Next Generation Antibiotics on the Horizon

Jan 03, 2007: Theravance, Inc. announced today that the first patient was dosed in a Phase 2 clinicalstudy of TD-1792, an investigational heterodimer antibiotic, for the treatment of complicated skin and skin structure infections (cSSSI) caused by Gram-positive bacteria, including resistant strains such as methicillin-resistant Staphylococcus aureus (MRSA).

The goal of this program is to develop a next-generation antibiotic that is more efficacious than vancomycin, the current standard of care for the treatment of serious infections caused by MRSA, and which has an improved resistance profile relative to other available antibiotics.

TD-1792 is a unique heterodimer antibiotic discovered by Theravance that combines the antibacterial activities of a glycopeptide and a beta-lactam in one molecule. Theravance initiated the Phase 2 program based upon favorable data from preclinical studies and Phase 1 studies completed during 2006. In randomized, double-blind, placebo-controlled, single- and multiple-ascending dose Phase 1 studies, which enrolled a total of 51 healthy volunteers, TD-1792 was generally well tolerated and displayed linear pharmacokinetics and exposure profiles consistent with once-daily dosing. In preclinical in-vitro studies, TD-1792 demonstrated marked bactericidal activity and was approximately 30-fold more potent than vancomycin against MRSA and approximately 100-fold more potent than oxacillin against methicillin-sensitive Staphylococcus aureus (MSSA).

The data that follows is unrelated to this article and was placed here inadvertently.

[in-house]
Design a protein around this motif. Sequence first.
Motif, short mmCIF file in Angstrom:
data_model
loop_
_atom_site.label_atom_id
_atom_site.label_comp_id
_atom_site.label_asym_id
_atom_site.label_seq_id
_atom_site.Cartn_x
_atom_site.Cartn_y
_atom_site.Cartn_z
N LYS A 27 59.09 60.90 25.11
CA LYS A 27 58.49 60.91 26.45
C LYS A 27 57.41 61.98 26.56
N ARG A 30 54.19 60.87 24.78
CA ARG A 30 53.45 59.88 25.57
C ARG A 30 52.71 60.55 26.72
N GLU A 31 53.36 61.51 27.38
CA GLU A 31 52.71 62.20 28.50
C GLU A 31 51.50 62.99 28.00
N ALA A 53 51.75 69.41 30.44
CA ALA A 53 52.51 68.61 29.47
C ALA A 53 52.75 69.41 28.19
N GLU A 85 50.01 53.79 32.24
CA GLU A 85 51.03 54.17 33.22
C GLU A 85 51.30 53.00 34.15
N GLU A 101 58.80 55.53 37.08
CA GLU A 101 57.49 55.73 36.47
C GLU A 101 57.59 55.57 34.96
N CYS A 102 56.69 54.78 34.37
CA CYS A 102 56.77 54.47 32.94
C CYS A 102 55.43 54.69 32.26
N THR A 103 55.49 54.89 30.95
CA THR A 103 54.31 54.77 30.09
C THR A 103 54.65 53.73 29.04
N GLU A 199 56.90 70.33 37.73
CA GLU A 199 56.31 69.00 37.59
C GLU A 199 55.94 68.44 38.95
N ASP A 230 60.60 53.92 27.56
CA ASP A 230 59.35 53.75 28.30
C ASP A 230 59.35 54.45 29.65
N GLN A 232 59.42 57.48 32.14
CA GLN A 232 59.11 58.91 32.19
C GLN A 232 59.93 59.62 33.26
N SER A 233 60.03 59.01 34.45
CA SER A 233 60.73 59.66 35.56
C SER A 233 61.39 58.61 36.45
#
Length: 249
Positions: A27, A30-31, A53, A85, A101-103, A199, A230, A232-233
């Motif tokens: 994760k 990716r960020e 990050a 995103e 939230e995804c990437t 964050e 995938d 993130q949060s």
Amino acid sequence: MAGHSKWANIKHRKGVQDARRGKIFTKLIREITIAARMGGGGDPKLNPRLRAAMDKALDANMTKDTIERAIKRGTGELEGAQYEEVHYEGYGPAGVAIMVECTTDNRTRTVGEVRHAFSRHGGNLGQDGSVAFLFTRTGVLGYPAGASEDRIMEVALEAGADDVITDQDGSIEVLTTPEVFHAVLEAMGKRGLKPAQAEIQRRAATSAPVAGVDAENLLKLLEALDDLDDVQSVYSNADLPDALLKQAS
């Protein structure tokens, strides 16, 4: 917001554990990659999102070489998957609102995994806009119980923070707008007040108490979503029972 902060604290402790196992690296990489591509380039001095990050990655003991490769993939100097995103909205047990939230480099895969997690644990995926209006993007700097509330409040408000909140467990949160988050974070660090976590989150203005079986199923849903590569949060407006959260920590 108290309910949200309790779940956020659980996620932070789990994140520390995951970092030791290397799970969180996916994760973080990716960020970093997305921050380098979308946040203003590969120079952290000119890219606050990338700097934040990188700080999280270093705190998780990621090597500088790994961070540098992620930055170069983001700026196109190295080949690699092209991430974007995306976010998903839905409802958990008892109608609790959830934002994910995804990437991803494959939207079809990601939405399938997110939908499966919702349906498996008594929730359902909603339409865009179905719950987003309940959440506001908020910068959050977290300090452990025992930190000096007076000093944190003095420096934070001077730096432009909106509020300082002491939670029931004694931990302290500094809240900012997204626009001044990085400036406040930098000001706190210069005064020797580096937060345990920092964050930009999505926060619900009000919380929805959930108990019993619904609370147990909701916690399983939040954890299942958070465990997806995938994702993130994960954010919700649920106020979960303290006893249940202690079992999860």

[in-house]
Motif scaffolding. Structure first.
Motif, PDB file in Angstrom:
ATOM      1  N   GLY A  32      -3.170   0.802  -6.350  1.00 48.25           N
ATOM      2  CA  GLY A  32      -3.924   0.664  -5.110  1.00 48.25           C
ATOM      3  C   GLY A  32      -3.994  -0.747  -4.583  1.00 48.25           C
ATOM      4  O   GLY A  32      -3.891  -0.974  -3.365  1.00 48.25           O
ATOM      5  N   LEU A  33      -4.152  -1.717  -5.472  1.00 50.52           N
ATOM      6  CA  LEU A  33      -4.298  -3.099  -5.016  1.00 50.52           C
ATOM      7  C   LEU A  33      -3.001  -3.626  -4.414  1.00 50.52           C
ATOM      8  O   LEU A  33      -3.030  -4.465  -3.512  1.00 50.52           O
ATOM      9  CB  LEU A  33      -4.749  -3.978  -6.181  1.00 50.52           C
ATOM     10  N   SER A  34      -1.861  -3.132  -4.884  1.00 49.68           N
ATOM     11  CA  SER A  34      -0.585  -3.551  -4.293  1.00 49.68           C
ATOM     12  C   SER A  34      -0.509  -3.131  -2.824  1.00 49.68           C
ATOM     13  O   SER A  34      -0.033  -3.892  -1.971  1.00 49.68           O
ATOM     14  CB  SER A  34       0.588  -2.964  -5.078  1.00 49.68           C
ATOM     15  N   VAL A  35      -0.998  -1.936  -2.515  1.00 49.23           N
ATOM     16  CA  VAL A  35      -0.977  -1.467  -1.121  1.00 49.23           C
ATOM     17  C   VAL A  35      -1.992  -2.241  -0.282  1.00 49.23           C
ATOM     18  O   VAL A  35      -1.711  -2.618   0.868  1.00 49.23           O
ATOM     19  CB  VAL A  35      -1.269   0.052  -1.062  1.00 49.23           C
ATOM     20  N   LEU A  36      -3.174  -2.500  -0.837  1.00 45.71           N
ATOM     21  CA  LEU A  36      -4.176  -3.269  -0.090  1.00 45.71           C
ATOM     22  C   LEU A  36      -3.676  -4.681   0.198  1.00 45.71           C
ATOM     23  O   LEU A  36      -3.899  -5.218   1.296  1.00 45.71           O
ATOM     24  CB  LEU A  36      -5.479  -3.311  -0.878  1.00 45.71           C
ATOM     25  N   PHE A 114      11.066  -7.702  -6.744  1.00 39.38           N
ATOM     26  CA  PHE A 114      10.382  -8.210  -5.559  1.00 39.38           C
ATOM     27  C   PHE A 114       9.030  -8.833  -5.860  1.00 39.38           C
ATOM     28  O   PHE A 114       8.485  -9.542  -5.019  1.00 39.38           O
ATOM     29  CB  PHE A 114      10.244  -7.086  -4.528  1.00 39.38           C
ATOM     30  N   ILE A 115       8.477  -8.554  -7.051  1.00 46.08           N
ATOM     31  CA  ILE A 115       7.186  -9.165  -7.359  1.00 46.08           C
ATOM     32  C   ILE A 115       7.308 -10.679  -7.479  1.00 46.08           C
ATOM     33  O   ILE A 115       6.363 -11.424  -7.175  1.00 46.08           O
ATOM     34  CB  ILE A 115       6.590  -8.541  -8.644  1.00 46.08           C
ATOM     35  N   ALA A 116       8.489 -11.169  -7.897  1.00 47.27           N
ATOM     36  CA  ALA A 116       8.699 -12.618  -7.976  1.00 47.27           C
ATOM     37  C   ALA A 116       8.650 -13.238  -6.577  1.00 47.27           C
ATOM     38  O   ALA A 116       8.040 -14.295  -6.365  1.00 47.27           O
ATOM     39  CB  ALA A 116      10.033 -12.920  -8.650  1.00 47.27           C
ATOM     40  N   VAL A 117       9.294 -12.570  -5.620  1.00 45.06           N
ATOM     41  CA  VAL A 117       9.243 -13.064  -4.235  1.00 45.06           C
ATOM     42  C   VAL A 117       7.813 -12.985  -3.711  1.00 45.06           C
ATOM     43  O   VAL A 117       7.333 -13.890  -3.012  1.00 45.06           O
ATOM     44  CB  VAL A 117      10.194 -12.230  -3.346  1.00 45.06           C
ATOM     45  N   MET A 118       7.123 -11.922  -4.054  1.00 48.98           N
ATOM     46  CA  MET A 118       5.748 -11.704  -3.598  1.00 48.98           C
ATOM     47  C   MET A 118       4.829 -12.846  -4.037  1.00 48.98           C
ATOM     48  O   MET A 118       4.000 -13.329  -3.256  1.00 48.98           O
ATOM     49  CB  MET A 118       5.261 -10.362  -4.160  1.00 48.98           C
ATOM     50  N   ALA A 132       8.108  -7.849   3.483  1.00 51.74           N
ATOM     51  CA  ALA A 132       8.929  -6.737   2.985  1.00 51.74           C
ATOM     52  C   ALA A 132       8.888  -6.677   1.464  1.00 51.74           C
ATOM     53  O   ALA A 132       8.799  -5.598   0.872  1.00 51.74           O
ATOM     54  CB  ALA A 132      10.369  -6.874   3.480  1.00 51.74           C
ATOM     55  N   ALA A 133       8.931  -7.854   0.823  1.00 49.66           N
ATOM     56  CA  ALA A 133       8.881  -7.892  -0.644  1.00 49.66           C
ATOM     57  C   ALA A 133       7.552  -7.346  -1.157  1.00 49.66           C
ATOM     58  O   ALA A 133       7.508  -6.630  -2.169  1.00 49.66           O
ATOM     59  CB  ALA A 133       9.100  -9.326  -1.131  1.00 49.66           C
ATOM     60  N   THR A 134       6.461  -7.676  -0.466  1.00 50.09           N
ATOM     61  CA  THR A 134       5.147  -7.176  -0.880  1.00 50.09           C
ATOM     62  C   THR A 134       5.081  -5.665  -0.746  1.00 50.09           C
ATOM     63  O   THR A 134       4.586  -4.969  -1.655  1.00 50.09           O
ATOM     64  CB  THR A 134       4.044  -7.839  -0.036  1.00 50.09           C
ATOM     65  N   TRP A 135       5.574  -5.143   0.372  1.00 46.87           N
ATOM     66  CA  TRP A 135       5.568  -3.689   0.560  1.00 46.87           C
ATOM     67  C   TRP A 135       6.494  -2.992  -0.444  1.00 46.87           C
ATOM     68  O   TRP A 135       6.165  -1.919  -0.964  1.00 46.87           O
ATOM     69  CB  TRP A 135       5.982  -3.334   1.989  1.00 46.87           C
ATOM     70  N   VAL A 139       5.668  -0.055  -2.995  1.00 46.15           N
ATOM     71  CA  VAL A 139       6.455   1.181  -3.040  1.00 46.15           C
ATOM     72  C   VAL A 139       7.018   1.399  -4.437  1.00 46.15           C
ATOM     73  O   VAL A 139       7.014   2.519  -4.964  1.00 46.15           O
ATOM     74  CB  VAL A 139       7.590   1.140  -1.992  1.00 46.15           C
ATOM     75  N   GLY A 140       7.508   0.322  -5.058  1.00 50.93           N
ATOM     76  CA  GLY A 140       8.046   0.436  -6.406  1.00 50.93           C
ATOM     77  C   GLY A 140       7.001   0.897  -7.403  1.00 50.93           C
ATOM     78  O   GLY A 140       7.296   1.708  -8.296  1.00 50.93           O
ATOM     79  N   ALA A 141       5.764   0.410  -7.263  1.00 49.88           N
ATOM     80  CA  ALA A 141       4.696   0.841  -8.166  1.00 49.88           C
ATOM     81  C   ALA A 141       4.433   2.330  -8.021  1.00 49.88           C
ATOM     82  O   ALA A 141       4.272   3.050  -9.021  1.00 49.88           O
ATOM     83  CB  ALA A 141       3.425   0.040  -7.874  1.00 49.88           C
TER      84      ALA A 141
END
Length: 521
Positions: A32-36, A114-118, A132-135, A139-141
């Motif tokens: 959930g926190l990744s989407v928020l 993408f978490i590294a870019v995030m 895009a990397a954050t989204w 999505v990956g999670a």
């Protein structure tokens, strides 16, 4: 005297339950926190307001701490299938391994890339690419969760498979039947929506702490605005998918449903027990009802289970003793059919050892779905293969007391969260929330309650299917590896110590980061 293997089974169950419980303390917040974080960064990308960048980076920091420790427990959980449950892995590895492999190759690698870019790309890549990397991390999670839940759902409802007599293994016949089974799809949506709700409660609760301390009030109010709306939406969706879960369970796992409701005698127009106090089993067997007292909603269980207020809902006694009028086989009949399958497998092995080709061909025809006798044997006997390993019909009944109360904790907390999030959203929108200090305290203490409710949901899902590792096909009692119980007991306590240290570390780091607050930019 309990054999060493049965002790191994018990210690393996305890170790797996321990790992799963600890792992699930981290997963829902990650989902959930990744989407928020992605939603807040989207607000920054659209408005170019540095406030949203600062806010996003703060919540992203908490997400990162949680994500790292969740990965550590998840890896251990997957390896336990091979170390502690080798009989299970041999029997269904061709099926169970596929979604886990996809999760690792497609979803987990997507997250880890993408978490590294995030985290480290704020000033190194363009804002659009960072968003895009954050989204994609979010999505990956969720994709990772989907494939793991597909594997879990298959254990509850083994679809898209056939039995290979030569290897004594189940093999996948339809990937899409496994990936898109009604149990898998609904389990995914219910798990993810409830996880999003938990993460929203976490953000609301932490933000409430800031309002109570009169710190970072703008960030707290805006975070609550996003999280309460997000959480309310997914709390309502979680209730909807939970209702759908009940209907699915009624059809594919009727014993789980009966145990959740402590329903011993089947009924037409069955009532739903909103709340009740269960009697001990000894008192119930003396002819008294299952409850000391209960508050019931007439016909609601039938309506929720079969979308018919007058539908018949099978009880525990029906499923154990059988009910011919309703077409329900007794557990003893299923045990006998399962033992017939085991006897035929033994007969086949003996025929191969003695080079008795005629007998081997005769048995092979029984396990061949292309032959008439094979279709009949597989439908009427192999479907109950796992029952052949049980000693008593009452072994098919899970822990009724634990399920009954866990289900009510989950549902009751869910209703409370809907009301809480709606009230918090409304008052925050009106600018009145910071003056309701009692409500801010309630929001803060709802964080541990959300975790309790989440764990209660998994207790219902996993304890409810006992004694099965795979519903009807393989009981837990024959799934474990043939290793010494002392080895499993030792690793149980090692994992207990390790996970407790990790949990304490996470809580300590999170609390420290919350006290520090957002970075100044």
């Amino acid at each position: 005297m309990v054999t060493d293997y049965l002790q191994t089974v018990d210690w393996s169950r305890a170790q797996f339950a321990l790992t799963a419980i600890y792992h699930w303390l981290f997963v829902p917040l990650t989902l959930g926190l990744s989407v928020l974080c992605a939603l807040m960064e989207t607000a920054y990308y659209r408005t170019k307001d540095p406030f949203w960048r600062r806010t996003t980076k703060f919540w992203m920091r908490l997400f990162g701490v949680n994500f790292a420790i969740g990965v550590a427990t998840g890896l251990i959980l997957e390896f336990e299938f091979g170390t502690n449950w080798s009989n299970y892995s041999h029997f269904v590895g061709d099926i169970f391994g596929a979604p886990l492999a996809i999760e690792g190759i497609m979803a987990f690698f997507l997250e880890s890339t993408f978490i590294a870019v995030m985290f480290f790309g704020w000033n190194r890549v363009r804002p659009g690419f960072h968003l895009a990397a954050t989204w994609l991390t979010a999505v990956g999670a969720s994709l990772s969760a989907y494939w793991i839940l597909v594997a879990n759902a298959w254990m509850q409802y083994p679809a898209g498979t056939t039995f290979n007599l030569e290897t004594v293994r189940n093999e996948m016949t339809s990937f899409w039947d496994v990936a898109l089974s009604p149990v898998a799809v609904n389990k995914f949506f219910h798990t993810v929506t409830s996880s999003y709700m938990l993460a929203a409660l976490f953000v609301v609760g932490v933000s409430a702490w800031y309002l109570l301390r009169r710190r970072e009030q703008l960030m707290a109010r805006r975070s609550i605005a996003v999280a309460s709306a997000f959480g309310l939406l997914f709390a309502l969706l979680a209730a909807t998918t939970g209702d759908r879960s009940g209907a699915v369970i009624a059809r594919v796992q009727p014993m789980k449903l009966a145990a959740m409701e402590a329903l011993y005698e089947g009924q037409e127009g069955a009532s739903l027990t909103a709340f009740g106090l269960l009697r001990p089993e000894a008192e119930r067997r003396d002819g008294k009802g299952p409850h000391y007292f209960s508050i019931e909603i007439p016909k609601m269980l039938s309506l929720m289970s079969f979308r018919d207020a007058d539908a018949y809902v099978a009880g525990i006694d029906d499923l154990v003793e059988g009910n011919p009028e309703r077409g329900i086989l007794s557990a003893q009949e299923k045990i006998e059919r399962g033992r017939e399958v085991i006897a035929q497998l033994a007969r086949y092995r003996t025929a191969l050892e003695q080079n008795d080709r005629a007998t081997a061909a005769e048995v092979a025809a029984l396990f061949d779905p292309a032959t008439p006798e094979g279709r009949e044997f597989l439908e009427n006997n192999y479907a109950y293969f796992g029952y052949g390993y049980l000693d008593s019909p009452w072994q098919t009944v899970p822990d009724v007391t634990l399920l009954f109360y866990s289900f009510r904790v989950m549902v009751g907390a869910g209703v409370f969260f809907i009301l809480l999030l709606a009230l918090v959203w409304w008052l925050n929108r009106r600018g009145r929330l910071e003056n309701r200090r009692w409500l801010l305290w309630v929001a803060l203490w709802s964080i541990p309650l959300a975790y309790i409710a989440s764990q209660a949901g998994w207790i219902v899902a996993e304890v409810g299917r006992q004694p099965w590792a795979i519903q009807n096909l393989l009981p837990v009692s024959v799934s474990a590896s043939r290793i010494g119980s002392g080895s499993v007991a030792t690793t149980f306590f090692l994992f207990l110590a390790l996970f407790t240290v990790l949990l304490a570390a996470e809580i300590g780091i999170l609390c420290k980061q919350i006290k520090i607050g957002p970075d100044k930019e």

The Phase 2 randomized, double-blind, active-controlled study is designed to evaluate the safety and efficacy of TD-1792 in patients with cSSSI due to Gram-positive bacteria such as MRSA. Patients will be randomized to receive either TD-1792 dosed once daily or vancomycin dosed twice daily for up to 14 days. The Phase 2 study will be conducted in the United States with a goal of enrolling approximately 200 patients.

"We are excited about the potential of this compound as a next-generation treatment for serious Gram-positive infections, including those caused by MRSA," said Michael Kitt, MD, Senior Vice President of Development at Theravance. "MRSA is a worldwide health problem. We are striving to provide the best medicines to treat the increasing number of patients who are infected with MRSA."

Theravance is a biopharmaceutical company with a pipeline of internally discovered product candidates. Theravance is focused on the discovery, development and commercialization of small molecule medicines across a number of therapeutic areas including respiratory disease, bacterial infections and gastrointestinal motility dysfunction.